Voting With Hope


“Money, pardon the expression, is like manure. It’s not worth a thing unless it’s spread around, encouraging young things to grow.”  – Mrs. Dolly Levy, ‘Hello Dolly’

If you haven’t already voted, you’ve got until 10pm tonight. As George Monbiot said in his Guardian column yesterday, “The world belongs to those who turn up… That unfamiliar, tingling sensation that’s been troubling you of late? It’s called hope. Don’t let them take it away from you.”





Power to the #MillionsMissing


Today is International ME Awareness Day. M.E. stands for Myalgic Encephalomyelitis, defined by the World Health Organisation as a neurological disease. You may have heard it called Chronic Fatigue Syndrome or CFS. This debilitating condition affects millions of people worldwide, and about 25% of these are severely affected – profoundly disabled, housebound or bedbound, and living with constant pain and exhaustion. Some are so ill, they are fighting for their lives. In spite of this, research into ME is chronically under-funded, and sufferers encounter disbelief, ignorance and hostility, even from doctors. This is why your awareness and understanding matter so much. Please take any time you can spare to check out these links:

If you’ve got one minute, have a look at this colourful and powerful collaborative artwork on Facebook, the numbers representing the years the artists have been ill – Missing Years

If you’ve got five minutes:

If you have 20 minutes, please watch this inspiring TED talk by film-maker and activist Jen Brea, now watched by over a million people – What happens when you have a disease doctors can’t diagnose. Her debut documentary ‘Unrest’ premiered at the Sundance Film Festival earlier this year. There’s also an article about her here.

Finally, if you’ve got an hour and a half, spend it watching Julie Walters and Jim Broadbent at their best in ‘Wide-Eyed and Legless’ , a moving and surprisingly funny TV play, based on the true story of a woman with ME.

Oh, and if you’ve got money burning a hole in your pocket, please donate to one of the many brilliant support organisations and research projects. I have suggested some at the bottom of this post. But the point of my post today is awareness. Just by reading this, and knowing just a little bit more, you are helping ME sufferers chip away at a wall of ignorance and prejudice. If you know someone with ME, you will probably make their day by saying you read one of the above articles or watched the TED talk. Thank you so much for your time.

Today’s artwork is my first crack at Bob and Roberta Smith-style protest art. It’s a tribute to all the people with ME who are protesting and campaigning today, either on the streets or from their beds via social media. To find out more about the #MillionsMissing campaign, check out #ME Action. Why ‘Power to the Patients’? Because ME patients have been excluded from decisions about the treatment and research of their own disease, particularly in the UK, and with terrible consequences such as long-lasting damage from recommended ‘therapies’. It’s not acceptable in the 21st century.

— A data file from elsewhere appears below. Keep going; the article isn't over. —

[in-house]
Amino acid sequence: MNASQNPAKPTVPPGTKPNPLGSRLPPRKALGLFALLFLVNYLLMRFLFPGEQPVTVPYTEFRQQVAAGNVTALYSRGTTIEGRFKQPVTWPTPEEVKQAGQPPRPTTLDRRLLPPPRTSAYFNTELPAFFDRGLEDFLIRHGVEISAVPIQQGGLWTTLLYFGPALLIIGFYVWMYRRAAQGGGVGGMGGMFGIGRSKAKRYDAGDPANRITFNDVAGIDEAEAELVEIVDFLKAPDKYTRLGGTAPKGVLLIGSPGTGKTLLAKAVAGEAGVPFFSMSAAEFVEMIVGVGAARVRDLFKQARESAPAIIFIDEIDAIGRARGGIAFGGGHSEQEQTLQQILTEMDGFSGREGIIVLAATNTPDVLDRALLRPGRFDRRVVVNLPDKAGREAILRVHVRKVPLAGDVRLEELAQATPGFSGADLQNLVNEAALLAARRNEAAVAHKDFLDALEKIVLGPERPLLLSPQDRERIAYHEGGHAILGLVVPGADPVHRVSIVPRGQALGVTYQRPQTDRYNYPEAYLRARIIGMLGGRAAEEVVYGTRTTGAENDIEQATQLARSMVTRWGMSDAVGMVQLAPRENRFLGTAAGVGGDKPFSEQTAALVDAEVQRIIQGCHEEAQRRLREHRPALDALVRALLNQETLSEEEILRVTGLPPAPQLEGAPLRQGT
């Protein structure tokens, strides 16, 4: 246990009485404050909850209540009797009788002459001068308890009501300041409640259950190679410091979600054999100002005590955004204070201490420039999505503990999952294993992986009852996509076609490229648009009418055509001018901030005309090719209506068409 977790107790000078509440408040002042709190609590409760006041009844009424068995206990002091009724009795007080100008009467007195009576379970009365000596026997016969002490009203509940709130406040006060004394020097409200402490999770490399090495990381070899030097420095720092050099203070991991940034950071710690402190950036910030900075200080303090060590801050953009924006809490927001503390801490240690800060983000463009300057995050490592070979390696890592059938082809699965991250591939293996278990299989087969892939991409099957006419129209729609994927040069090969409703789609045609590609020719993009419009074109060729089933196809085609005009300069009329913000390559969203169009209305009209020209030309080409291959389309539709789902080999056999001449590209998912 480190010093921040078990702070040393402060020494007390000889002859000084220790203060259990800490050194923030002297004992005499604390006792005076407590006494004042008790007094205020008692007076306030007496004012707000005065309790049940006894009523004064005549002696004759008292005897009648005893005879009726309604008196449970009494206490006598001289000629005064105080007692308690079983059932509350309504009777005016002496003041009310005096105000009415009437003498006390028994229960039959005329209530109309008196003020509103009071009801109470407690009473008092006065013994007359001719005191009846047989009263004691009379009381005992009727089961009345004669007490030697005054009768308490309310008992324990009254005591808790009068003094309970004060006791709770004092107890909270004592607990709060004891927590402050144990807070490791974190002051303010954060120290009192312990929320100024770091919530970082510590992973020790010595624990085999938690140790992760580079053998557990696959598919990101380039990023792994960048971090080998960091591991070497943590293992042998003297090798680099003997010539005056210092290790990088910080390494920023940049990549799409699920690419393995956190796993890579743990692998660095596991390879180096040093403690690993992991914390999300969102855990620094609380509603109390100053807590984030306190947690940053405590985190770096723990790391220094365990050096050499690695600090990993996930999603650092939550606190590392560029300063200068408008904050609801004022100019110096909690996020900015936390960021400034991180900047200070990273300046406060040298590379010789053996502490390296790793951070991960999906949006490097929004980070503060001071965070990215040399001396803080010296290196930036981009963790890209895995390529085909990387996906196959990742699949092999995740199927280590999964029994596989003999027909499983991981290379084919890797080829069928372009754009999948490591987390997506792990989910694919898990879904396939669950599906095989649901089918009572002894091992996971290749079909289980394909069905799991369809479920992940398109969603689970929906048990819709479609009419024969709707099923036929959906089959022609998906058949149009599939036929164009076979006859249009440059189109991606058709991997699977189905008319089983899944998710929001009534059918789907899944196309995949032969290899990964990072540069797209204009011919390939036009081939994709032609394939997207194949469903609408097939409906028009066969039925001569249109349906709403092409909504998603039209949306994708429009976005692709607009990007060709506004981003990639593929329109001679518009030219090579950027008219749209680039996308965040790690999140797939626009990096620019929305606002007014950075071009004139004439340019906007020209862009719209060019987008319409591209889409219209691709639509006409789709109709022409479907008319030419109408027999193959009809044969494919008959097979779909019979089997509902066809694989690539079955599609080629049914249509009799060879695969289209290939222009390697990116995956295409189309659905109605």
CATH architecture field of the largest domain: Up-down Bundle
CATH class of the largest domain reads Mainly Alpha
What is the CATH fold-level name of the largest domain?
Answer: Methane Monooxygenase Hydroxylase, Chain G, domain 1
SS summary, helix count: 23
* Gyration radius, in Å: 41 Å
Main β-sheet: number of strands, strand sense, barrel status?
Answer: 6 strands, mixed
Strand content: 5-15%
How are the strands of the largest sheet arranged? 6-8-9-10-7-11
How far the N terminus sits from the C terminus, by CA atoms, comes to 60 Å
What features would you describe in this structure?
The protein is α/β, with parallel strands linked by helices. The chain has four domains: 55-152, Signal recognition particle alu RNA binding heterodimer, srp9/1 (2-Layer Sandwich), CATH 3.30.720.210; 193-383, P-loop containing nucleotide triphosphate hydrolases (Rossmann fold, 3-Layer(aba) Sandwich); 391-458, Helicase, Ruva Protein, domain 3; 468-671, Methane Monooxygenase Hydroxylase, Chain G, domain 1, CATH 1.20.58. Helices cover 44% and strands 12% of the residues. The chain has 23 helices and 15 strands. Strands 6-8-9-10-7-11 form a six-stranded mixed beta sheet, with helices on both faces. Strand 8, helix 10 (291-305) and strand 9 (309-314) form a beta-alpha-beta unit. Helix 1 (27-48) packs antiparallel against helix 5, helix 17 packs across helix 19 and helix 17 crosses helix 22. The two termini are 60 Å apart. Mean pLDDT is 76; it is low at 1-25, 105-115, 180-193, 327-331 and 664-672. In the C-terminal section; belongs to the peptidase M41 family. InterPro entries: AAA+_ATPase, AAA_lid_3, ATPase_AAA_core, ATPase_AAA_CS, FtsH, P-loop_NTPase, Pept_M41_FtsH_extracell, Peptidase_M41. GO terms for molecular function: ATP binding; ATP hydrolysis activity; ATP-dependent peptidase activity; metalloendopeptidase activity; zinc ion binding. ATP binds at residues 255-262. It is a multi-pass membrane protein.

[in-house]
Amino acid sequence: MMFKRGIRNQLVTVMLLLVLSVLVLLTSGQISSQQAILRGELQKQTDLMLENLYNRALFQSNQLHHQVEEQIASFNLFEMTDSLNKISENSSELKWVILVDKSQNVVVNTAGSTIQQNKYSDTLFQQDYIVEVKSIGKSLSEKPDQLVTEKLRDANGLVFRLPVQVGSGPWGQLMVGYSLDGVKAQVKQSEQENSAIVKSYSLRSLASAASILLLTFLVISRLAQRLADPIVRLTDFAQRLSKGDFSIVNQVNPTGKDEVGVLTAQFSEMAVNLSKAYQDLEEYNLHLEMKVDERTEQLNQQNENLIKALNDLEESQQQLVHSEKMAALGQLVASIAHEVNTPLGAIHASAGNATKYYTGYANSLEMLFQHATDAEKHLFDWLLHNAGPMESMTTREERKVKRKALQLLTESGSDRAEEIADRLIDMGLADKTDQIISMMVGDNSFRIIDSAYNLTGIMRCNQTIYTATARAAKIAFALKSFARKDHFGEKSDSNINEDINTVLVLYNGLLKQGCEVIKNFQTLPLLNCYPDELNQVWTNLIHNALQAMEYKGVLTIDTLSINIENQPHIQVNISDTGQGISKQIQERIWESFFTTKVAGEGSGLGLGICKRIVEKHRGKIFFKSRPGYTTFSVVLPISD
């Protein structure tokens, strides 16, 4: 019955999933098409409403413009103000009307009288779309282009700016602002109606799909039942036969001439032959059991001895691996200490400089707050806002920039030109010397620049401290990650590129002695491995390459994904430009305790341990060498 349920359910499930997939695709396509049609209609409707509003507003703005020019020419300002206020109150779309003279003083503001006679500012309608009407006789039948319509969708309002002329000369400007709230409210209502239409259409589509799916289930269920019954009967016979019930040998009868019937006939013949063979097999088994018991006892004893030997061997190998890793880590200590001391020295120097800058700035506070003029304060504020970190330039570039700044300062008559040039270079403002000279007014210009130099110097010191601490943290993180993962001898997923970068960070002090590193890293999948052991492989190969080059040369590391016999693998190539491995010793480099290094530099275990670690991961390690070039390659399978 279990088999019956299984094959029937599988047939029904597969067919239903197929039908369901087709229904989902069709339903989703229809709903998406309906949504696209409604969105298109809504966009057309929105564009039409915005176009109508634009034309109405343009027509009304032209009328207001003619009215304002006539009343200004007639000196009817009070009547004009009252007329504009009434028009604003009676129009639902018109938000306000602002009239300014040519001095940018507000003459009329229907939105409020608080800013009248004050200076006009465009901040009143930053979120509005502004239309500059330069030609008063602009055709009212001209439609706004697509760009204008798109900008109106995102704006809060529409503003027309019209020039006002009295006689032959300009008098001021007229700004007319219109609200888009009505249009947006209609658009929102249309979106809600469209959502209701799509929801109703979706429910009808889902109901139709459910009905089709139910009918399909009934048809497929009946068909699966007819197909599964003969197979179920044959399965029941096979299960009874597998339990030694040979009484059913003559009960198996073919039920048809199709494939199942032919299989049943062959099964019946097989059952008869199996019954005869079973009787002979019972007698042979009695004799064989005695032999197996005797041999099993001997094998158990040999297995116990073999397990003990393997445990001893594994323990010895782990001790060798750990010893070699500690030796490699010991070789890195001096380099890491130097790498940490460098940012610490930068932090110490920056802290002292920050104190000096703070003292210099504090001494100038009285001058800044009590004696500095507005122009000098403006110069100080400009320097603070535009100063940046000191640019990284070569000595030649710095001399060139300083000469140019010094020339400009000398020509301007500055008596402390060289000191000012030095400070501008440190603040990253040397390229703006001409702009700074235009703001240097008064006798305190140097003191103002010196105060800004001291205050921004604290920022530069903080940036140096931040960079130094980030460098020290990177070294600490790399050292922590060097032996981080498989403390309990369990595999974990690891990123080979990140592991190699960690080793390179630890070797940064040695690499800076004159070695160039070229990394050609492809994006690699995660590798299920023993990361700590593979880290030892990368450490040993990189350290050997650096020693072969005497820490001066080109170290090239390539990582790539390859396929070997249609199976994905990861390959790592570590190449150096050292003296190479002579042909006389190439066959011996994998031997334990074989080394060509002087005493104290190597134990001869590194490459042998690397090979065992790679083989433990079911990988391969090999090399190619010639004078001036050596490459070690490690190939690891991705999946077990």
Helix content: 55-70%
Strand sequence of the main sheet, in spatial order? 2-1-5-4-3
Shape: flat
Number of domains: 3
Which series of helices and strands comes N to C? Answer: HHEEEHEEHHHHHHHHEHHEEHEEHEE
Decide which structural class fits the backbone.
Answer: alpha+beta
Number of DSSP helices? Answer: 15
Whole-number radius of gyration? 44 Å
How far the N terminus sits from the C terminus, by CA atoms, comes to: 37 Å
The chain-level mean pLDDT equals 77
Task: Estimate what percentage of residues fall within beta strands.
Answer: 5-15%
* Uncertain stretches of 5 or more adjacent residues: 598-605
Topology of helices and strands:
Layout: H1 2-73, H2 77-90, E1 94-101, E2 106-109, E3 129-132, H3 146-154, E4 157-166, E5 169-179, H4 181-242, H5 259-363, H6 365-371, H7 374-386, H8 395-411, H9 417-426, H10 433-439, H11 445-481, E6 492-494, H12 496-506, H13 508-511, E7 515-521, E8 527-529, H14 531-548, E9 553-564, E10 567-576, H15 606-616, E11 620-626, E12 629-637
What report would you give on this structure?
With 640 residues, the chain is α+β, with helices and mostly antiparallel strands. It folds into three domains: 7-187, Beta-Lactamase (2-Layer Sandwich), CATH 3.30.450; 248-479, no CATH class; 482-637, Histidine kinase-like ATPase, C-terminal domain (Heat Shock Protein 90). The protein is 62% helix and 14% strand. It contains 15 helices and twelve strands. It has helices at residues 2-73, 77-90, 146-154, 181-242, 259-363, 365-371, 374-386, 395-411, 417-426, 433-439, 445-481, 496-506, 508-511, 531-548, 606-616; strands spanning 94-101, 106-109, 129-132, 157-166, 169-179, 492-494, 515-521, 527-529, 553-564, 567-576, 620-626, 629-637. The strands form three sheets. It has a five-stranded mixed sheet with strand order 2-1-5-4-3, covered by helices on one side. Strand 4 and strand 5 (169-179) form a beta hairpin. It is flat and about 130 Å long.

Further reading:

The reality of severe ME

The role of sexism in the neglect of ME – ‘The toxic legacy of McEvedy and Beard’

Why current treatments harm patients

If you want to make a donation, TYMES Trust is a small UK charity supporting children with ME. The ME Association provides vital support and information to patients and doctors in the UK, and funds research. If you read the Washington Post article above, then you read about the ground-breaking Open Medicine Foundation at Stanford University. There’s also the aforementioned #ME Action, responsible for the game-changing #MillionsMissing protests.

Thank you for reading. If you have ME or are otherwise chronically ill, I hope today is a good day.

The Natural World

bluebell wood 1

In my last post I shared a poem by the American writer Wendell Berry. By coincidence, he was a guest on Monday’s  ‘Start the Week‘ on BBC Radio 4. He was joined by two other guests discussing the natural environment and what we can do to protect it. I found it a really thought-provoking listen, and just wanted to share it.


The Peace of Wild Things

bluebell wood 3

When despair for the world grows in me

and I wake in the night at the least sound

in fear of what my life and my children’s lives may be,

I go and lie down where the wood drake

rests in his beauty on the water, and the great heron feeds.

I come into the peace of wild things

who do not tax their lives with forethought

of grief. I come into the presence of still water.

And I feel above me the day-blind stars

waiting with their light. For a time

I rest in the grace of the world, and am free.

Wendell Berry

I’m not sure the small woodland around the corner from my house is the kind of wilderness described in this beautiful poem, but when I take a walk through it, and hear the April birdsong, I feel as though I briefly escape the troubles of the world and ‘come into the peace of wild things’.



Today, protesters are leaving empty shoes in public spaces in cities across the world to raise awareness of the debilitating illness M.E. The shoes represent the #MillionsMissing.

Millions of people worldwide, missing from the lives they want to live.

Millions of pounds/dollars/euros, missing from serious, rigorous biomedical research.

To find out more please visit or

Or look out for empty pairs of shoes in your city, and say hi to the protesters!




Art journal page using coloured ink, wax crayon, biro, watercolour pencil, and words from ‘Sometimes’ by Sheenagh Pugh. My mum’s had this poem pinned up at home for about 20 years, but it never stops feeling relevant, and hopeful. Every time it says “man”, feel free to add “or woman”, if that’s what’s happening in your part of the world!